Cold Weather Comfort Food: Hungarian Goulash

Andy Anderson !


One thing about Hungarian Goulash is that every town you visit has their own specific version of this comfy dish.

The binding factor of a good goulash is the inclusion of good sweet paprika, and meat so tender that you can cut it with a sharp look.

Oh, and one other thing: In Hungary, this is not referred to as a stew; it’s a soup, and it is traditionally eaten with a spoon.

This is my version of a good goulash that includes all the best of the recipes that I have tasted, and a few other personal touches.

So, you ready… Let’s get into the kitchen.

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★★★★★ 3 votes
30 Min
3 Hr



1/2 c
flour, all purpose variety
3 lb
chuck roast, boneless, and cut into cubes (1/2 inch/1.2cm)
8 Tbsp
grapeseed oil, for sautéing
2 medium
yellow onions, thinly sliced
3 Tbsp
paprika, hungarian sweet variety
1 tsp
ground cumin
1 tsp
caraway seeds
2 clove
garlic, minced
3 Tbsp
apple cider vinegar
8 oz
tomato sauce
salt, kosher variety, to taste
black pepper, freshly ground, to taste
1 pinch
cayenne pepper, or to taste
4 c
beef stock, not broth
1 lb
small red potatoes, quartered
3 medium
carrots, peeled and cut into thin rounds, about 1 cup


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2Gather your ingredients.

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3Add the flour to a small bowl, and season with a bit of salt and pepper.

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4Take 1/3 of the beef, spread it out, and dust with the flour.

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5Chef’s Tip: I dust by putting the flour into a fine-mesh strainer.

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6Chef's Note: In Hungary you will typically be served this as a soup, in a bowl, with a spoon. I wanted mine to have a bit more texture, so I added the flour. It's still a soup, but just with a bit more body.

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7Add 2 tablespoons of grapeseed oil to a large cast iron pot, or Dutch oven, and set the heat to medium high.

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8Add 1/3 of the flour-dusted beef to the pot

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9Brown on all sides, 5 to 7 minutes. It does not have to be cooked through... just slightly browned.

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10Remove from the pot and reserve.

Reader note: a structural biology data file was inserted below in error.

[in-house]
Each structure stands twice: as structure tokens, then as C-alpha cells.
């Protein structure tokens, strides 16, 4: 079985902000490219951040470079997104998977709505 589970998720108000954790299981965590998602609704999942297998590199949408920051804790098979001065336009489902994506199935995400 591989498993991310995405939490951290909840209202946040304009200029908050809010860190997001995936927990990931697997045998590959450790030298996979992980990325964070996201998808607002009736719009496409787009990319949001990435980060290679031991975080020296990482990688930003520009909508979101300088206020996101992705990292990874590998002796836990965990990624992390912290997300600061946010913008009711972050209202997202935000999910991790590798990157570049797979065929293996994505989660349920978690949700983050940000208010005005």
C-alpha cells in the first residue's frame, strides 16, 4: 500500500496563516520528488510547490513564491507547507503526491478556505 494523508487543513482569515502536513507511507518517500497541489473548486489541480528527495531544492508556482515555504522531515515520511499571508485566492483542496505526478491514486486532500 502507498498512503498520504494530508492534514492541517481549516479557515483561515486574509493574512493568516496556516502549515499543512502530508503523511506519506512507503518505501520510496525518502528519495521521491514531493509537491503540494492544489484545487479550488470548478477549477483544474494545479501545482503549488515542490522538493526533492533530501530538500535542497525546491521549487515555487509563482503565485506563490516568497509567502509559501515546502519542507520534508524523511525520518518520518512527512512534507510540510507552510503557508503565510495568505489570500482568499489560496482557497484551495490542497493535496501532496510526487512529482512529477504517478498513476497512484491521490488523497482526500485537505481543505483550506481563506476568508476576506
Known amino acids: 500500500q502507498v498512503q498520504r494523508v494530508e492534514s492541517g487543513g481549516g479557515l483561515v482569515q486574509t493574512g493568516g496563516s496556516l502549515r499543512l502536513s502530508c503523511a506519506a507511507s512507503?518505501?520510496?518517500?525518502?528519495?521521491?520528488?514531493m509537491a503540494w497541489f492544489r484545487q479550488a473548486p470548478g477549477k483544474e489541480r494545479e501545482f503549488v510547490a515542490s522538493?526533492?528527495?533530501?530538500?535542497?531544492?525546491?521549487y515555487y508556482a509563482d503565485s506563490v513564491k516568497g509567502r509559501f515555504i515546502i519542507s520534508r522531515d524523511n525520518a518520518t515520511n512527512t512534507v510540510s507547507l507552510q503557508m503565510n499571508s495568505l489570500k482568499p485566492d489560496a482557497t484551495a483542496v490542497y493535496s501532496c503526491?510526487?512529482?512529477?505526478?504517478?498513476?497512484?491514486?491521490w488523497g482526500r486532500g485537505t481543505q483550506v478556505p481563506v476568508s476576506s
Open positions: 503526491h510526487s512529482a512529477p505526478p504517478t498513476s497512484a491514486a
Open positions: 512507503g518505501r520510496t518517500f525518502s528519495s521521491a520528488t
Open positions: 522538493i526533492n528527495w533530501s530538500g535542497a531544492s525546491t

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11Chef's Note: Repeat for batches 2 and 3 of the beef (dust, oil, sauté).

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12Remove and reserve with the other beef.

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13Add the final 2 tablespoons of grapeseed oil to the pot, and lower the heat to medium.

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14Add the onions.

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15Cook, stirring frequently, until they begin to soften, about 4 minutes.

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16Chef's Note: As the onions begin to release their moisture, use a wooden spoon to scrape up all those tasty fonds that developed on the bottom of the pan while cooking the beef.

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17Add the garlic and caraway seeds, and stir until the garlic becomes fragrant, about 1 minute.

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18Add the paprika to the onions.

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19Stir, for an additional minute, and no more.

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20Chef’s Tip: Never allow the paprika to scorch or burn… It will taste bitter if you do.

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21Chef's Note: To make this work, you need to get Hungarian Sweet Paprika... DO NOT use smoked paprika... it's too strong and will throw the dish way off.

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22Add the apple cider vinegar, and the tomato sauce to the pot.

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23Stir for an additional 2 minutes.

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24Add the meat, and any juices back into the pot.

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25Stir to combine.

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26Add the cayenne pepper, and cumin, and then stir to combine.

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27Place a rack in the middle position, and preheat the oven to 250f (120c).

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28Add the beef stock, and bring up to a simmer. Allow the liquid to simmer for 5 minutes.

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29While the liquid is simmering, season and taste with some salt, and pepper.

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30Chef’s Note: If you want it a bit hotter, add more cayenne.

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31Place the covered pot in the oven, for 90 minutes, or until the meat is tender.

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32Add the carrots, and potatoes, and then place back into the oven for an additional hour.

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34Serve it in a nice bowl with some good crusty bread. Enjoy.

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35Chef's Note: Traditional Hungarian Goulash is not served with egg noodles, or sour cream... That's the Americanized version.

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36Keep the faith, and keep cooking.

About this Recipe

Course/Dish: Beef, Other Soups
Main Ingredient: Beef
Regional Style: Hungarian
Dietary Needs: Dairy Free, Low Sodium, Soy Free
Other Tag: Heirloom